On April 4, Representative Donald M. Payne Jr. stopped by the offices of Audible Inc., in Newark, to talk to employees about public policy.
Most of the issues brought up by the employees could be placed in the category of “quality of life” — if not for them, then for other members of the Newark community. The employees were concerned about the lack of high-wage jobs for their neighbors, the rate of incarceration, the quality of the schools, the transportation system and many other social and economic problems.
Participating in the discussion was Donald Katz, Audible founder and CEO, who had met privately with the congressman prior to the roundtable. Their discussion centered on what companies like Audible need from government to be able to continue innovating, creating jobs and growing the tech industry in the city.
The discussion was a “great opportunity to hear directly from the Audible team about their work to transform Newark into a center of technological innovation and entrepreneurship,” said Payne. “Audible is committed to unlocking the full potential of Newark and fueling the city’s revitalization by tapping into the diverse talent in our communities.”
“I look forward to a continued dialogue with Congressman Payne Jr. and other national, state and local policy makers to craft more targeted public policy that can help connect the beleaguered urban core to an early-stage technology-driven growth economy that is creating jobs and taxable revenue by the day,” Katz said in prepared remarks.
During the roundtable, one of the employees said that she was honored to have a job at Audible that’s fulfilling and affords her a fantastic lifestyle, but “so many of the people I live around don’t have that luxury. If they are working, they are working part time,” or they are working at jobs that don’t pay them a sustainable living wage. She asked the congressman what was being done to address that, not only for people who are just entering the workforce, but for those who have been in this situation for decades.
Noting that it takes a good education to be able to succeed at a place like Audible, Payne added that “this is something we have to continue to work on.” He also pointed out that there was a lot of retraining going on for workers who might have spent 20 years at a single job. “The model these days is that you don’t find many of those jobs.”
Katz interjected that HelloFresh, the meal-kit delivery service, is moving several hundred people to a Newark warehouse that will be used for food processing; and the warehouse will be hiring.
In addition, there are all kinds of new manufacturing options, he added. The issue is to let people know about Newark as a destination for relocating their manufacturing businesses, with a population that could be trained to fill the jobs.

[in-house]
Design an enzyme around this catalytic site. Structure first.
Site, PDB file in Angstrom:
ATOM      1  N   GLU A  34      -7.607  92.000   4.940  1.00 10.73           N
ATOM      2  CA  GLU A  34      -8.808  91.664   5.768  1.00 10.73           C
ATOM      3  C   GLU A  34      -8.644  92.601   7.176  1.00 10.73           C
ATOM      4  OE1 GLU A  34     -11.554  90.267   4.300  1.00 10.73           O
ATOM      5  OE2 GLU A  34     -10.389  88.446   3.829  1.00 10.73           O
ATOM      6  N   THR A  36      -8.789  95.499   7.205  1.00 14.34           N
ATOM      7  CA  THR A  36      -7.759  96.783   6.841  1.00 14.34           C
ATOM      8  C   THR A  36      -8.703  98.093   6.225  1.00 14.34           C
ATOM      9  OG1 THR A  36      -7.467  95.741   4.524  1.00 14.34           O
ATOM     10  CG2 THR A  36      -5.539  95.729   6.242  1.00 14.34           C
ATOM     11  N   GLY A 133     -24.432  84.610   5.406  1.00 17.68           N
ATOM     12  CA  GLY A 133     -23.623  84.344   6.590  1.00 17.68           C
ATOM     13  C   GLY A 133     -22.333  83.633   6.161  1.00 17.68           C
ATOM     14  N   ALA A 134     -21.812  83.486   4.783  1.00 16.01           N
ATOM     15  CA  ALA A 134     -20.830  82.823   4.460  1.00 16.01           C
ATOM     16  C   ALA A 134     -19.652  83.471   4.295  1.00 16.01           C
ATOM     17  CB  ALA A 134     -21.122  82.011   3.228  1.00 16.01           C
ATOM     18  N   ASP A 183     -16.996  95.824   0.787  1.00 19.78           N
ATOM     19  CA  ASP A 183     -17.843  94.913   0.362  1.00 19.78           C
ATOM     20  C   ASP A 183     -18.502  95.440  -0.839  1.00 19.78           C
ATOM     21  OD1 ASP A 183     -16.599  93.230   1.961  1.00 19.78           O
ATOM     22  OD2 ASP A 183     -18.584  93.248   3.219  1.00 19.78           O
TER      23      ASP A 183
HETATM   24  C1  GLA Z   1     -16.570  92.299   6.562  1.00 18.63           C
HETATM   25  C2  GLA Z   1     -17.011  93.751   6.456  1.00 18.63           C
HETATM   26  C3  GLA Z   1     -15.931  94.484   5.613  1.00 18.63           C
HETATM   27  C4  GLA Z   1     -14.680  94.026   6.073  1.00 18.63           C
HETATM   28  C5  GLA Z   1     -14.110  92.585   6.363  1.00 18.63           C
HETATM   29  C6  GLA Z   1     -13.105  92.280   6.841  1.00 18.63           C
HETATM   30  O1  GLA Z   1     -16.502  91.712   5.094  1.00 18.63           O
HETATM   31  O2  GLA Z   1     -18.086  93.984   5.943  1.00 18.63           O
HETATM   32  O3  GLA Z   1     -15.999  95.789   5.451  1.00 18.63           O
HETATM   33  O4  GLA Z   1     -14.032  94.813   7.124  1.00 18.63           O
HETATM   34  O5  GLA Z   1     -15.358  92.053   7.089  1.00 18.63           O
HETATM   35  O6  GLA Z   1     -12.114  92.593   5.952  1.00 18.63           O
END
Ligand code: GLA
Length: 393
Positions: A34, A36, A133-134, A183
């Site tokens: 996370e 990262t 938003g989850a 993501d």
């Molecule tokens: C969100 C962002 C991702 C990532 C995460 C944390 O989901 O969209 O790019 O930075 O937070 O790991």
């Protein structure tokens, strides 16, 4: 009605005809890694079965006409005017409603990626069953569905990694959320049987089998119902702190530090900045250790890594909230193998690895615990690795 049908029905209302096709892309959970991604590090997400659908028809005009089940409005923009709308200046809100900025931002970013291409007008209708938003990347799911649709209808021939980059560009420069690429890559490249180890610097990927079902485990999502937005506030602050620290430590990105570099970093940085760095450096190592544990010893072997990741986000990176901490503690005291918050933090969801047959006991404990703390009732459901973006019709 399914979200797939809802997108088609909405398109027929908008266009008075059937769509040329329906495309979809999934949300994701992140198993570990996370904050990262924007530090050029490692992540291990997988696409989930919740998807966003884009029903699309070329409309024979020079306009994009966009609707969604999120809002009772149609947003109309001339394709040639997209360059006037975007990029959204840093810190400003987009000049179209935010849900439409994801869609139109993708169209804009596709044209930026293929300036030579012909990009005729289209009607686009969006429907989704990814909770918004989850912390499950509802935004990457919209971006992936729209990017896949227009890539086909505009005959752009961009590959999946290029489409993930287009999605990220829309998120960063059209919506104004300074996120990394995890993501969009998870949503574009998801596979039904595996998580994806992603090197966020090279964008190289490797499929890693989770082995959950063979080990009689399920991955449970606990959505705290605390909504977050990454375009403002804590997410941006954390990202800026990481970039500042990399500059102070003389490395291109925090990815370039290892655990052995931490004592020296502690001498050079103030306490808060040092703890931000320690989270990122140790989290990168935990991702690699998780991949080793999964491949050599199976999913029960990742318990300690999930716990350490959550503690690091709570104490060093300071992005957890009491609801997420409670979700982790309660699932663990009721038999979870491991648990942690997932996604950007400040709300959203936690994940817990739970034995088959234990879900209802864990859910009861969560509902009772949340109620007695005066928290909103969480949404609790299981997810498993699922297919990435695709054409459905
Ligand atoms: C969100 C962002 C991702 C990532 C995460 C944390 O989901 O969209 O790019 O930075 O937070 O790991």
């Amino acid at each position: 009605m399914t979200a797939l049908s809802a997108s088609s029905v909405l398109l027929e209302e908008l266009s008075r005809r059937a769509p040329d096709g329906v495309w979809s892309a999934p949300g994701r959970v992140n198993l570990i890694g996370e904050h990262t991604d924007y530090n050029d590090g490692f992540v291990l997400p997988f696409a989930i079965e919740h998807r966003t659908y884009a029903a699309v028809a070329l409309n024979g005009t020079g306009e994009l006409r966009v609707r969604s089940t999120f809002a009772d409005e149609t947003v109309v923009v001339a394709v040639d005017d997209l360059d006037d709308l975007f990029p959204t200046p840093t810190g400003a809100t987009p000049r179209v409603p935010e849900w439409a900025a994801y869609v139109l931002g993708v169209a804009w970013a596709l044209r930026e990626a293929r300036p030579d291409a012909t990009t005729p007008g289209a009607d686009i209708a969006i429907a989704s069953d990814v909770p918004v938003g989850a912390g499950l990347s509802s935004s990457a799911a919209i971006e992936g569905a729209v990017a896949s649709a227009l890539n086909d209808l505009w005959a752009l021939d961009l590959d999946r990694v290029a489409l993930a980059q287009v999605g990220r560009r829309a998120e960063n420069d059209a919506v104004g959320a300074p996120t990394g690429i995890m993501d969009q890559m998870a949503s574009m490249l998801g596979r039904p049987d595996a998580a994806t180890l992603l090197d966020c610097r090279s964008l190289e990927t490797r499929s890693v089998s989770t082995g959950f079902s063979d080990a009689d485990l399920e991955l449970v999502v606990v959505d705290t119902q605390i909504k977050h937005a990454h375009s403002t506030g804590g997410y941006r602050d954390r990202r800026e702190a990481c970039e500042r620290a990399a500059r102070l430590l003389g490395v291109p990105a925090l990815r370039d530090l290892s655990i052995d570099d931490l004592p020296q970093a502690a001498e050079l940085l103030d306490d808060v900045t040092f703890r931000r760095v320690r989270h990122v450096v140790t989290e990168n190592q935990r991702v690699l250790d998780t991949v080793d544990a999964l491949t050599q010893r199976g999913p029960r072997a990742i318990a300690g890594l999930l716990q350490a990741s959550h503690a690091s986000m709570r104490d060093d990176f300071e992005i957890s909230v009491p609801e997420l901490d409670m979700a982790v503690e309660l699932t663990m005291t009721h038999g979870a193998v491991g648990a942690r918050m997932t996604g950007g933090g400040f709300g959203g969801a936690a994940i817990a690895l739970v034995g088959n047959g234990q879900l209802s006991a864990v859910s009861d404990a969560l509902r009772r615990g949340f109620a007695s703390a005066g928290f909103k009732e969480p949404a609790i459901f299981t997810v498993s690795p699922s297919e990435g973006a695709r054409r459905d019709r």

People with just a high school degree can be trained to operate high-tech machines, and thus have a high-paying job, Katz said.
He noted that when he saw the maps showing the high-speed fiber cables under the streets of Newark, he thought of them as a natural resource, much like the quality of the aquafer, which made Newark the city of choice for breweries in the past; or the depth of the harbor, which gave Newark an edge in the shipping industry.
“I think we should really focus on it [the fiber]. There are so many unimagined businesses” that could be developed, “to say nothing of power grids that don’t go down,” Katz said.
Another Audible employee asked Payne if there’s a particular law being debated in Congress right now that could have ramifications for Newark. He replied that the whole question of mass incarceration would have some direct impact on Newark.
“We know… that in the next decade, 7,000 people will come out of incarceration and back into this area alone. We are talking about a lack of jobs for people who” have not been incarcerated. Now, “what do you do about that population coming home [from prison] with few skills?”
Payne added that the chaos that you see in Washington is a “controlled chaos” put on for the cameras, but once the legislators start talking about these issues, “it’s not as bad as it looks.”
The congressman also took a question about the lack of funding for programs that help the city’s LGBT community or that work to stem the spread of AIDS among at-risk youths. Payne said that there is a national conversation going on about the use of heroin in the northeast because it has spread to the suburbs. “But it has been an issue in Newark for 20 years.”
The question, he said, is “when does an issue become important enough” for someone to do something about it. And that pertains to what’s happening in the LGBT community. “It’s not important enough to most people, or to the right people,” or to the people who could help make a change. “When you see people thinking it’s important, then you’ll see the money flow towards it.” Payne told the employee who had posed the question to contact his office, in order to continue the conversation and perhaps find a way to drum up more interest.
In response to a question about the school system, Payne said that he wanted to return it to local control. “The [state government] continues to control the largest [school] budget in the state. The Newark Public Schools budget is larger than the City of Newark’s budget.” He then deferred to Katz, who’s a member of the Newark Educational Success Board, which is charged with transitioning the schools to local control.
One employee wanted to know if the congressman could do something to increase the after-school activities available to Newark high schoolers. The employee added that, when he was younger, there seemed to be many activities for him to join, but now he sees young people on the streets. Payne agreed that this is a problem, and Katz added that the public libraries have a role to play as places where kids should be able to go to after school.